Working with ECoG data

MNE supports working with more than just MEG and EEG data. Here we show some of the functions that can be used to facilitate working with electrocorticography (ECoG) data.

# Authors: Eric Larson <>
#          Chris Holdgraf <>
# License: BSD (3-clause)

import numpy as np
import matplotlib.pyplot as plt
from import loadmat
from mayavi import mlab

import mne
from mne.viz import plot_alignment, snapshot_brain_montage


Let’s load some ECoG electrode locations and names, and turn them into a mne.channels.DigMontage class.

mat = loadmat(mne.datasets.misc.data_path() + '/ecog/sample_ecog.mat')
ch_names = mat['ch_names'].tolist()
elec = mat['elec']  # electrode positions given in meters
dig_ch_pos = dict(zip(ch_names, elec))
mon = mne.channels.DigMontage(dig_ch_pos=dig_ch_pos)
print('Created %s channel positions' % len(ch_names))


Created 64 channel positions

Now that we have our electrode positions in MRI coordinates, we can create our measurement info structure.

info = mne.create_info(ch_names, 1000., 'ecog', montage=mon)

We can then plot the locations of our electrodes on our subject’s brain.


These are not real electrodes for this subject, so they do not align to the cortical surface perfectly.

subjects_dir = mne.datasets.sample.data_path() + '/subjects'
fig = plot_alignment(info, subject='sample', subjects_dir=subjects_dir,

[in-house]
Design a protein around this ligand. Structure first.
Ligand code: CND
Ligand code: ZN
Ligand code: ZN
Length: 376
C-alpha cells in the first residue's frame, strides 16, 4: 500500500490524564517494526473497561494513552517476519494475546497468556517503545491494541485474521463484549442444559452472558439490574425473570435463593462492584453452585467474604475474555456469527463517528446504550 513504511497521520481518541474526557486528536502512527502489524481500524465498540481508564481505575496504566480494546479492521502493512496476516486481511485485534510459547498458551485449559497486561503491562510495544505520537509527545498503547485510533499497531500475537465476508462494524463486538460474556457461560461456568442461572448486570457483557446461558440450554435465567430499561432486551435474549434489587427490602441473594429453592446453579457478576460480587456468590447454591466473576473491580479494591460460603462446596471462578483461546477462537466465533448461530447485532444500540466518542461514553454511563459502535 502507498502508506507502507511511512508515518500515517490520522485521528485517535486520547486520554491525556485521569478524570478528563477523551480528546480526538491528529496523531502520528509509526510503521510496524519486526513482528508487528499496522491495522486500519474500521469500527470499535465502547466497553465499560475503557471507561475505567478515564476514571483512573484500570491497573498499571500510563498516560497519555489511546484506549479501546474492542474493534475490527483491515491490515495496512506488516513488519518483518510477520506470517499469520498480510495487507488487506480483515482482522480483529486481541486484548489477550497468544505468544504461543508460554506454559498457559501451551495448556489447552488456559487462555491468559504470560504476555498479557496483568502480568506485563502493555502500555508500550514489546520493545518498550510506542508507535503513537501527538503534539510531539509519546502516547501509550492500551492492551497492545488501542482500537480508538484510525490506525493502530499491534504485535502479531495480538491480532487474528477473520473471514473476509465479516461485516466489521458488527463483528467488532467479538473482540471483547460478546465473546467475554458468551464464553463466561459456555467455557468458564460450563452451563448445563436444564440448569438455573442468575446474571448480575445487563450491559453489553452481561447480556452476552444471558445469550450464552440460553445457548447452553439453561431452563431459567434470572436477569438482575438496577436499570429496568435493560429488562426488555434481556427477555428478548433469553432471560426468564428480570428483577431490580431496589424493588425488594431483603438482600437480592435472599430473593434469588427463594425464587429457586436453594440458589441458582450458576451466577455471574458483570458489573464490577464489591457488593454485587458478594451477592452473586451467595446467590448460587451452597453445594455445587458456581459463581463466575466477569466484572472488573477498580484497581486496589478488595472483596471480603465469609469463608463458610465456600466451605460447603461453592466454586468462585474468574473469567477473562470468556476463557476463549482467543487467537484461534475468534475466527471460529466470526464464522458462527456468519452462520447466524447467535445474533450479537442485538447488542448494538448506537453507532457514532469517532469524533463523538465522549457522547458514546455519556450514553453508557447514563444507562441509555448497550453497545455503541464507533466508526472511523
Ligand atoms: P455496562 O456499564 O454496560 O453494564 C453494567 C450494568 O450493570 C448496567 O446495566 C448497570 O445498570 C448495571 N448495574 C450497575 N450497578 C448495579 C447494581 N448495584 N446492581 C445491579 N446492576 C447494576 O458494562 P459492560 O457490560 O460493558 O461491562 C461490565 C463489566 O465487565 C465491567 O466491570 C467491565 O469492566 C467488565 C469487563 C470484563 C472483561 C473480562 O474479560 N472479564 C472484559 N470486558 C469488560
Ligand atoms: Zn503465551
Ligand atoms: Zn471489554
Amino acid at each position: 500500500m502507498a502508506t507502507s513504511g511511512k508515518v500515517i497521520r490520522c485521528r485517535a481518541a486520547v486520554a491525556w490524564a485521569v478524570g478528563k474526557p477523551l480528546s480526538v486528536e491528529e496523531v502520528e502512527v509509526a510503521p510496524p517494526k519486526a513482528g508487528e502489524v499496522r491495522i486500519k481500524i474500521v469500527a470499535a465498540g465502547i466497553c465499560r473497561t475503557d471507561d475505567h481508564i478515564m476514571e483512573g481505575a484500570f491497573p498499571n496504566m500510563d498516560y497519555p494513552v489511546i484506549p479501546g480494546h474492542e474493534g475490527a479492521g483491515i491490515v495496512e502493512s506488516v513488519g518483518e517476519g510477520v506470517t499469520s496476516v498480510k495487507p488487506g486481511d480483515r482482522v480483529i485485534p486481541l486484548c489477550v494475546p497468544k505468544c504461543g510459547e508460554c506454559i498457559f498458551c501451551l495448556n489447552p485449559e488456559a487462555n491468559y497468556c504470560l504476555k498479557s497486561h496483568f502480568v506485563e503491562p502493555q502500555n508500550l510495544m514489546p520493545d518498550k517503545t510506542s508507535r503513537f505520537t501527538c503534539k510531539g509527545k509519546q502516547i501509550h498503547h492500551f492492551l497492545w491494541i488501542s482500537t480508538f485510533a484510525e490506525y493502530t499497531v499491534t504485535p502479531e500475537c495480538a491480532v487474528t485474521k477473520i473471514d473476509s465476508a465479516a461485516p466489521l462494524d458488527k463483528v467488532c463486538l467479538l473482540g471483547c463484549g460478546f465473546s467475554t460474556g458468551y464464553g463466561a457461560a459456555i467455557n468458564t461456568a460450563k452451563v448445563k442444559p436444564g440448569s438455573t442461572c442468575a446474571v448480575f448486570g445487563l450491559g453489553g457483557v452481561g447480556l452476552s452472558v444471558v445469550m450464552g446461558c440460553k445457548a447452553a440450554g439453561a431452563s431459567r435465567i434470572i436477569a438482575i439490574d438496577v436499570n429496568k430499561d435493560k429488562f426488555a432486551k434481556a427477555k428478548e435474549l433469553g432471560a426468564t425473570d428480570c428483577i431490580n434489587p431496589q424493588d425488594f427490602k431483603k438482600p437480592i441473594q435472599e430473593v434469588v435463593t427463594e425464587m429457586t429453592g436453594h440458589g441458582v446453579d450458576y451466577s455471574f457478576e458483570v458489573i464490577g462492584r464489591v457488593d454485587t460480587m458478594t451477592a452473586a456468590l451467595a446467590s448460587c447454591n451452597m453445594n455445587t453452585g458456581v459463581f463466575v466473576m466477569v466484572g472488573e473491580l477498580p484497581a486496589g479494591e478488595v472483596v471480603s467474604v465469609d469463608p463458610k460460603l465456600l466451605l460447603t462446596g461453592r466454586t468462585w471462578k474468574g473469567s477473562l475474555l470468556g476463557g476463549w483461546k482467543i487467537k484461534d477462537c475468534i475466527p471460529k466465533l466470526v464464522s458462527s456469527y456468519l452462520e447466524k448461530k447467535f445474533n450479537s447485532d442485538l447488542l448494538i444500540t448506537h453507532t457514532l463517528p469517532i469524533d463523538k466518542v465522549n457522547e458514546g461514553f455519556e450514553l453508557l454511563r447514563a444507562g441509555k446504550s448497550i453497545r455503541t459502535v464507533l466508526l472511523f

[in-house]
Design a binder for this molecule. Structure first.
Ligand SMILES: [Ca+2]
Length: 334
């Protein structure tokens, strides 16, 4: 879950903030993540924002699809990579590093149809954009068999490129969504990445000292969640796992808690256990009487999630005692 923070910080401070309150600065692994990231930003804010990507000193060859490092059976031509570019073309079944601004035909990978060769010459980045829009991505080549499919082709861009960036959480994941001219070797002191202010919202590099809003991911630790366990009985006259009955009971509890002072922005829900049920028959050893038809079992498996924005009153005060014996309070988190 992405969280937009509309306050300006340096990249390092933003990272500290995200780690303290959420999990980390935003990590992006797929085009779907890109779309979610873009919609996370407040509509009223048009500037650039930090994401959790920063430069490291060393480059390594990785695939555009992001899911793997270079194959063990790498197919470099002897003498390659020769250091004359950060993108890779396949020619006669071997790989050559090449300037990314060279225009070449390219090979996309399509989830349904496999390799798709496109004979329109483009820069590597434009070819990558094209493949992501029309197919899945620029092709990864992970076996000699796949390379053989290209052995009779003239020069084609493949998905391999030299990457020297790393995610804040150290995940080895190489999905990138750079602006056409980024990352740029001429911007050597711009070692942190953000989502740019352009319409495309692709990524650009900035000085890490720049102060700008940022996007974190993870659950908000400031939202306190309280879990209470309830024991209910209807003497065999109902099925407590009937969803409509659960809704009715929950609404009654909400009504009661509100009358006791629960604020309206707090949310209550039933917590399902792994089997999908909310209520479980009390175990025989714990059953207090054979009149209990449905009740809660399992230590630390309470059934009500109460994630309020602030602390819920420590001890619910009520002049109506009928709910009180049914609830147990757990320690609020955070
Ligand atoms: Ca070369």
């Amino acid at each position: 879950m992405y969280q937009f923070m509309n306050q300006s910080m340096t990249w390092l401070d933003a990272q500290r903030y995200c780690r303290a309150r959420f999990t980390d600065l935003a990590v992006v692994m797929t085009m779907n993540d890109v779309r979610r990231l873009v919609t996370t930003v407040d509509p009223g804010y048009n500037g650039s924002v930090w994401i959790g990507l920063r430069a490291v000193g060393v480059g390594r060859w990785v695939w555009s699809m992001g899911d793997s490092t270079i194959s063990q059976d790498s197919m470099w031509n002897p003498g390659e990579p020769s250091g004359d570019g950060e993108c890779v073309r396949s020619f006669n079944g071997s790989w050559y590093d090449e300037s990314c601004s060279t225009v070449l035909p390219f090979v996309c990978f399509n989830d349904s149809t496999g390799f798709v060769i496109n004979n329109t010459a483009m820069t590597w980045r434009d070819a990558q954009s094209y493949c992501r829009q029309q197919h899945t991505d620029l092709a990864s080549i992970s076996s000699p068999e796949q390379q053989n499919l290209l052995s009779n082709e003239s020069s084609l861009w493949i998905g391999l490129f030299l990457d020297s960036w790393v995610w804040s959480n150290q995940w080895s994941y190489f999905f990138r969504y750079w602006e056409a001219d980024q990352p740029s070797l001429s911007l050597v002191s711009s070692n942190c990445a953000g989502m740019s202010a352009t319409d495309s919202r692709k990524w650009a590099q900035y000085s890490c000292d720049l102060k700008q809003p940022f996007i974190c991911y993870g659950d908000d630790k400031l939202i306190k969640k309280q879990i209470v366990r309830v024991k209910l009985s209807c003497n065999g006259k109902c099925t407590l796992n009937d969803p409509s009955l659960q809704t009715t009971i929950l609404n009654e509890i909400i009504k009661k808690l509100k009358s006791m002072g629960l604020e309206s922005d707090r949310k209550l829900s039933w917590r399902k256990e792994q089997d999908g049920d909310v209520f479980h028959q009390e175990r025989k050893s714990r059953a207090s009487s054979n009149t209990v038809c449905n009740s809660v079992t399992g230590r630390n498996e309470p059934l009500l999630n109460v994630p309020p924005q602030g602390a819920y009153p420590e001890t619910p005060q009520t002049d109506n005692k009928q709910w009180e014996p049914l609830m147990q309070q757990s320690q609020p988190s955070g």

mlab.view(200, 70)

Sometimes it is useful to make a scatterplot for the current figure view. This is best accomplished with matplotlib. We can capture an image of the current mayavi view, along with the xy position of each electrode, with the snapshot_brain_montage function.

# We'll once again plot the surface, then take a snapshot.
fig = plot_alignment(info, subject='sample', subjects_dir=subjects_dir,
mlab.view(200, 70)
xy, im = snapshot_brain_montage(fig, mon)

# Convert from a dictionary to array to plot
xy_pts = np.vstack(xy[ch] for ch in info['ch_names'])

# Define an arbitrary "activity" pattern for viz
activity = np.linspace(100, 200, xy_pts.shape[0])

# This allows us to use matplotlib to create arbitrary 2d scatterplots
_, ax = plt.subplots(figsize=(10, 10))
ax.scatter(*xy_pts.T, c=activity, s=200, cmap='coolwarm')
  • ../_images/sphx_glr_plot_ecog_002.png
  • ../_images/sphx_glr_plot_ecog_003.png

Total running time of the script: ( 0 minutes 11.142 seconds)

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